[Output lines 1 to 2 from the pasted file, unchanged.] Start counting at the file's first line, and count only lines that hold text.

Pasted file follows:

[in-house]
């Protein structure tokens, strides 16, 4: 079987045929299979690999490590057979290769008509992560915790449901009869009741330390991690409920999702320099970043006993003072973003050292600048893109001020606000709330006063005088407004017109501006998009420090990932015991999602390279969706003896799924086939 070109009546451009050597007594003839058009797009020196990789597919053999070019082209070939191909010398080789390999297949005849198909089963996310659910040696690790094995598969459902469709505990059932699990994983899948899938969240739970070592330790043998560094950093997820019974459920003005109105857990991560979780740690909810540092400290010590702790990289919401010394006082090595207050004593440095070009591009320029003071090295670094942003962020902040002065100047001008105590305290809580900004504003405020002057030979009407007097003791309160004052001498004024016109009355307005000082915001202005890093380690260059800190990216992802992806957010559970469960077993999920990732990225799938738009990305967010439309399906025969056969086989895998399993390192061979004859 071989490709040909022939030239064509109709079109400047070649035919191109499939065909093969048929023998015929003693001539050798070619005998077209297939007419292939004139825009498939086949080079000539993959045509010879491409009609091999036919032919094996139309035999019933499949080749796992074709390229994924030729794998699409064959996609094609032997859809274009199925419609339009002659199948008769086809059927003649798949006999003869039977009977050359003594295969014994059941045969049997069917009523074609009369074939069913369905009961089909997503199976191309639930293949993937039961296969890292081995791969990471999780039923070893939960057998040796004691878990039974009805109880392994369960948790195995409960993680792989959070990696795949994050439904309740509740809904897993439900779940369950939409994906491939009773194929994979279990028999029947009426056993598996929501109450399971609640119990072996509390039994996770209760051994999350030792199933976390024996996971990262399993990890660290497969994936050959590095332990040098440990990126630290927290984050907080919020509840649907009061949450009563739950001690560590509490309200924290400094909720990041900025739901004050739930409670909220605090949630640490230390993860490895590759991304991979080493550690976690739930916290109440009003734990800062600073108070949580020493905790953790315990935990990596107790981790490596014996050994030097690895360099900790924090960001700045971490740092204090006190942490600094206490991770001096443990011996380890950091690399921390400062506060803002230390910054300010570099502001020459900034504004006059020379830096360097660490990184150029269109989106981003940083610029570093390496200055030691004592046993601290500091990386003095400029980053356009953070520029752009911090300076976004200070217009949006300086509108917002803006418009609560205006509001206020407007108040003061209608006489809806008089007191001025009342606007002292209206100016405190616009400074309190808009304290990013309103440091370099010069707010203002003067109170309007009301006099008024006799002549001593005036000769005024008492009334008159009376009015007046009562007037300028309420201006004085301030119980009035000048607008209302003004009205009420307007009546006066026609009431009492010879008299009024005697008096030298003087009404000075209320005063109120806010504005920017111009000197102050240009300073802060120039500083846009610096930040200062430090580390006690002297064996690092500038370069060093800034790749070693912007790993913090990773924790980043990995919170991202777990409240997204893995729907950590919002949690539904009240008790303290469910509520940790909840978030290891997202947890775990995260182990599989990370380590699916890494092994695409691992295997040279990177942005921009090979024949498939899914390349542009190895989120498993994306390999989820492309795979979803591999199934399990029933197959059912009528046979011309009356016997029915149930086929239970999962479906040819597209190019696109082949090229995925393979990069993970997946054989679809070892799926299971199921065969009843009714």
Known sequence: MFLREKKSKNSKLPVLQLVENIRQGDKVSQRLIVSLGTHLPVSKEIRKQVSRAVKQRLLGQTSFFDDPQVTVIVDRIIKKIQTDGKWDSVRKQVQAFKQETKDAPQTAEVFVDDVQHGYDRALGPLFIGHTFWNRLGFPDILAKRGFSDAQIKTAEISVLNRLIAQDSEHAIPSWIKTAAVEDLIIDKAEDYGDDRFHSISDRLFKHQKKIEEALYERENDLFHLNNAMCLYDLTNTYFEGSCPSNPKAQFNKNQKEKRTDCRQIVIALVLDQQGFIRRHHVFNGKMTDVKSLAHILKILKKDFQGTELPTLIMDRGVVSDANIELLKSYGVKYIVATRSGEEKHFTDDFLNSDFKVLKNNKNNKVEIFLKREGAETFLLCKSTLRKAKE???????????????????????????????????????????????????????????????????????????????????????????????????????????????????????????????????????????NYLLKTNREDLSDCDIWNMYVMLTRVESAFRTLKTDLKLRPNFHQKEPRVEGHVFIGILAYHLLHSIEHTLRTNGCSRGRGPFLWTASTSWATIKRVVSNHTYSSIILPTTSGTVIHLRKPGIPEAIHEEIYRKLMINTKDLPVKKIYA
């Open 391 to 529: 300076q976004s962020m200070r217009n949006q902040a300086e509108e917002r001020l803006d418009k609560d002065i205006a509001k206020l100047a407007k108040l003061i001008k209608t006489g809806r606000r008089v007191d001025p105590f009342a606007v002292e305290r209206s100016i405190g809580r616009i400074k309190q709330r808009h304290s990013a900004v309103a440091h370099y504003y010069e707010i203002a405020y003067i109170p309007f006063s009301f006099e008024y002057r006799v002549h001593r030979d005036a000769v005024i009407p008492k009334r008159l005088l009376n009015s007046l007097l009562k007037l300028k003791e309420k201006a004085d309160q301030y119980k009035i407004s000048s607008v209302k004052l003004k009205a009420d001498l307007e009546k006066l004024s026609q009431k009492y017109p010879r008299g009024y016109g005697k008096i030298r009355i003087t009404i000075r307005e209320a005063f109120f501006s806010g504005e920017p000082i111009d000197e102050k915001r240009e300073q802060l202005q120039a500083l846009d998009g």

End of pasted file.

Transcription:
[in-house]
């Protein structure tokens, strides 16, 4: 079987045929299979690999490590057979290769008509992560915790449901009869009741330390991690409920999702320099970043006993003072973003050292600048893109001020606000709330006063005088407004017109501006998009420090990932015991999602390279969706003896799924086939 070109009546451009050597007594003839058009797009020196990789597919053999070019082209070939191909010398080789390999297949005849198909089963996310659910040696690790094995598969459902469709505990059932699990994983899948899938969240739970070592330790043998560094950093997820019974459920003005109105857990991560979780740690909810540092400290010590702790990289919401010394006082090595207050004593440095070009591009320029003071090295670094942003962020902040002065100047001008105590305290809580900004504003405020002057030979009407007097003791309160004052001498004024016109009355307005000082915001202005890093380690260059800190990216992802992806957010559970469960077993999920990732990225799938738009990305967010439309399906025969056969086989895998399993390192061979004859 071989490709040909022939030239064509109709079109400047070649035919191109499939065909093969048929023998015929003693001539050798070619005998077209297939007419292939004139825009498939086949080079000539993959045509010879491409009609091999036919032919094996139309035999019933499949080749796992074709390229994924030729794998699409064959996609094609032997859809274009199925419609339009002659199948008769086809059927003649798949006999003869039977009977050359003594295969014994059941045969049997069917009523074609009369074939069913369905009961089909997503199976191309639930293949993937039961296969890292081995791969990471999780039923070893939960057998040796004691878990039974009805109880392994369960948790195995409960993680792989959070990696795949994050439904309740509740809904897993439900779940369950939409994906491939009773194929994979279990028999029947009426056993598996929501109450399971609640119990072996509390039994996770209760051994999350030792199933976390024996996971990262399993990890660290497969994936050959590095332990040098440990990126630290927290984050907080919020509840649907009061949450009563739950001690560590509490309200924290400094909720990041900025739901004050739930409670909220605090949630640490230390993860490895590759991304991979080493550690976690739930916290109440009003734990800062600073108070949580020493905790953790315990935990990596107790981790490596014996050994030097690895360099900790924090960001700045971490740092204090006190942490600094206490991770001096443990011996380890950091690399921390400062506060803002230390910054300010570099502001020459900034504004006059020379830096360097660490990184150029269109989106981003940083610029570093390496200055030691004592046993601290500091990386003095400029980053356009953070520029752009911090300076976004200070217009949006300086509108917002803006418009609560205006509001206020407007108040003061209608006489809806008089007191001025009342606007002292209206100016405190616009400074309190808009304290990013309103440091370099010069707010203002003067109170309007009301006099008024006799002549001593005036000769005024008492009334008159009376009015007046009562007037300028309420201006004085301030119980009035000048607008209302003004009205009420307007009546006066026609009431009492010879008299009024005697008096030298003087009404000075209320005063109120806010504005920017111009000197102050240009300073802060120039500083846009610096930040200062430090580390006690002297064996690092500038370069060093800034790749070693912007790993913090990773924790980043990995919170991202777990409240997204893995729907950590919002949690539904009240008790303290469910509520940790909840978030290891997202947890775990995260182990599989990370380590699916890494092994695409691992295997040279990177942005921009090979024949498939899914390349542009190895989120498993994306390999989820492309795979979803591999199934399990029933197959059912009528046979011309009356016997029915149930086929239970999962479906040819597209190019696109082949090229995925393979990069993970997946054989679809070892799926299971199921065969009843009714």